A highly anticipated study of pedestrian traffic on the Las Vegas Strip shows that 17 sections of sidewalk and pedestrian bridges exceed an acceptable level of service based upon 2010 Highway Capacity Manual (HCM) recommendations. The HCM is a publication of the Transportation Research Board of the National Academy of Sciences.
Data gathered and analyzed identified 17 sections that exceeded capacity and did so Fridays through Sundays, generally between 3 p.m. and midnight.
The study, conducted for the County by the Las Vegas firm of Kimley-Horn and Associates, Inc., (KHA) involved observing more than 4.8 million pedestrians at 38 locations along both sides of the four-mile stretch of the Las Vegas Strip. Researchers collected 2,770 hours of pedestrian data that is the equivalent of 3 ¾ months worth of observation of pedestrian activity.
The highest pedestrian traffic was observed on the sidewalk at the south end of the Bellagio hotel-casino at 9:30 p.m. on the Saturday of Memorial Day weekend, when 2,633 pedestrians were counted passing by during a 15-minute period. This location was categorized as having an unacceptable “level of service.”
Other areas where KHA documented unacceptable levels of congestion include sidewalks in front of the Harley-Davidson café, the Cosmopolitan hotel-casino, Caesars Palace and the Coliseum, Bally’s, Treasure Island, the Forum Shops, the Casino Royale, Harrah’s, the Venetian and a group of stores north of the MGM and south of Harmon Boulevard. Other areas deemed as too crowded include the pedestrian bridges at Tropicana Avenue linking Excalibur and New York-New York, at Flamingo Road linking the Bellagio and Caesars Palace and over Harmon Boulevard on the west side of the Strip.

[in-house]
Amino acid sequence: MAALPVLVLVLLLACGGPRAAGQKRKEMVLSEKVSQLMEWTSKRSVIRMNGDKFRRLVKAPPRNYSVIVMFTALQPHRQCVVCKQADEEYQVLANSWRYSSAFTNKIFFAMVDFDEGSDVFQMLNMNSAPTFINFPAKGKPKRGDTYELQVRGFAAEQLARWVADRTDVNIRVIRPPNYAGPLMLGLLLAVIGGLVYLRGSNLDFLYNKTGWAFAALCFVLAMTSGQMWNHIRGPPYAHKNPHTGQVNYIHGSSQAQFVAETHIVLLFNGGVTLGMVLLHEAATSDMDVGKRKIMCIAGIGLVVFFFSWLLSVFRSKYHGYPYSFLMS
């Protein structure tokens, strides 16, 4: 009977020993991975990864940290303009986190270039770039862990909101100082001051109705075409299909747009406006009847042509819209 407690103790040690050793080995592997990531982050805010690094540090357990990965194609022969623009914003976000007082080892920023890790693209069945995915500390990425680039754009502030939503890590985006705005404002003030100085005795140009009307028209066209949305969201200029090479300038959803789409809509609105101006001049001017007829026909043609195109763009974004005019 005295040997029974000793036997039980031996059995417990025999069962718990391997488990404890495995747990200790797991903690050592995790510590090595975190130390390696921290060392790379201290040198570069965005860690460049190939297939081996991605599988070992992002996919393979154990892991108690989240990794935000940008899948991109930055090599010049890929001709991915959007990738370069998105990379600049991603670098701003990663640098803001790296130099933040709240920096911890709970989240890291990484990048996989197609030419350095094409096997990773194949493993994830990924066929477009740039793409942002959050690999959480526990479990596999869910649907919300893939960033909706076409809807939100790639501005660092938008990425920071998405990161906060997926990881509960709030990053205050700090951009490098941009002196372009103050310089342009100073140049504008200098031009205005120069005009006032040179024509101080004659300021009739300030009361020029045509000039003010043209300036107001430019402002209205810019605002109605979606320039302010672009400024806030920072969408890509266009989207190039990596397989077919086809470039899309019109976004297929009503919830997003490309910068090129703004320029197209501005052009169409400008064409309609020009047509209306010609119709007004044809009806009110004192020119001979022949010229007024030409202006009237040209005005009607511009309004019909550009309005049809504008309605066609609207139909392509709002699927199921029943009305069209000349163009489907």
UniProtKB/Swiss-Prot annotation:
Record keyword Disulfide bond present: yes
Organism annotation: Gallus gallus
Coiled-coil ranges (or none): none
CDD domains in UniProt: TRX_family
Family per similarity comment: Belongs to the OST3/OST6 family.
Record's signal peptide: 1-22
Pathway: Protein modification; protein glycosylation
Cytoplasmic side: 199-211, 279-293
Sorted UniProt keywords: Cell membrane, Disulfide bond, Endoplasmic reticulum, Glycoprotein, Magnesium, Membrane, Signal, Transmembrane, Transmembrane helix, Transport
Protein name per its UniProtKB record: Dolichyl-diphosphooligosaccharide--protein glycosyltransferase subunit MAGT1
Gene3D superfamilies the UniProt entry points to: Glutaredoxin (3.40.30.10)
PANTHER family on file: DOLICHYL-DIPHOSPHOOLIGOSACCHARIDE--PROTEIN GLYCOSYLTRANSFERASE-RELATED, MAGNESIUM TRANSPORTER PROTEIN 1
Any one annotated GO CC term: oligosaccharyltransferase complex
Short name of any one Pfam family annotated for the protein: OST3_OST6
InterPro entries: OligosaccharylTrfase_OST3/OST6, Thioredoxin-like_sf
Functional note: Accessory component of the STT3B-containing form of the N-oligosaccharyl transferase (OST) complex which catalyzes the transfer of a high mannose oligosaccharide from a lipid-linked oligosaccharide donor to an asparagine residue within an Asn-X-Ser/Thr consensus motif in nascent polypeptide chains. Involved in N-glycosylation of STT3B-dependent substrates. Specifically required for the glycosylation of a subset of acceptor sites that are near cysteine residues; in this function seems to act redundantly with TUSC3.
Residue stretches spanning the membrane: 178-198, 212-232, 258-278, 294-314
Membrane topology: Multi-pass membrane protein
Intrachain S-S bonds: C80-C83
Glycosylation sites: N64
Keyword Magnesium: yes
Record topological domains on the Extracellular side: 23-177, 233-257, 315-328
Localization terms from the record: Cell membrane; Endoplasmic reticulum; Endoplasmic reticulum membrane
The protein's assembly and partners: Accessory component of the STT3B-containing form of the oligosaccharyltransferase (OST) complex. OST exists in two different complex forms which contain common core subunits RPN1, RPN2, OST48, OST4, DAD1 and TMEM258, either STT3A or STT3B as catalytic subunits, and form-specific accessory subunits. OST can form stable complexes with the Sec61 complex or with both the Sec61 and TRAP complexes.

"The data collected in the study shows we have real congestion issues that need to be addressed,” said County Manager Don Burnette.
The Kimley-Horn pedestrian study is the first major comprehensive County-conducted study on the Las Vegas Strip in more than a decade, a time during which the Strip saw substantial growth in construction and pedestrian traffic. The pedestrian study is an important component of the work stemming from a Resort Corridor Workgroup that was assembled in August 2011 by Burnette at the direction of the County Commission to examine ways to enhance the visitor experience on the Las Vegas Strip. The workgroup, which consisted primarily of representatives of the resorts on the Strip, released a report in March with 32 recommendations. The recommendations dealt with everything from pedestrian safety and commercial activities to newsracks, litter, cleanliness, graffiti, unauthorized advertising and public safety issues. Commissioners already have approved ordinances for the Las Vegas Strip concerning littering by handbillers and others, commercial activity, dangerous activities and a curfew for animals.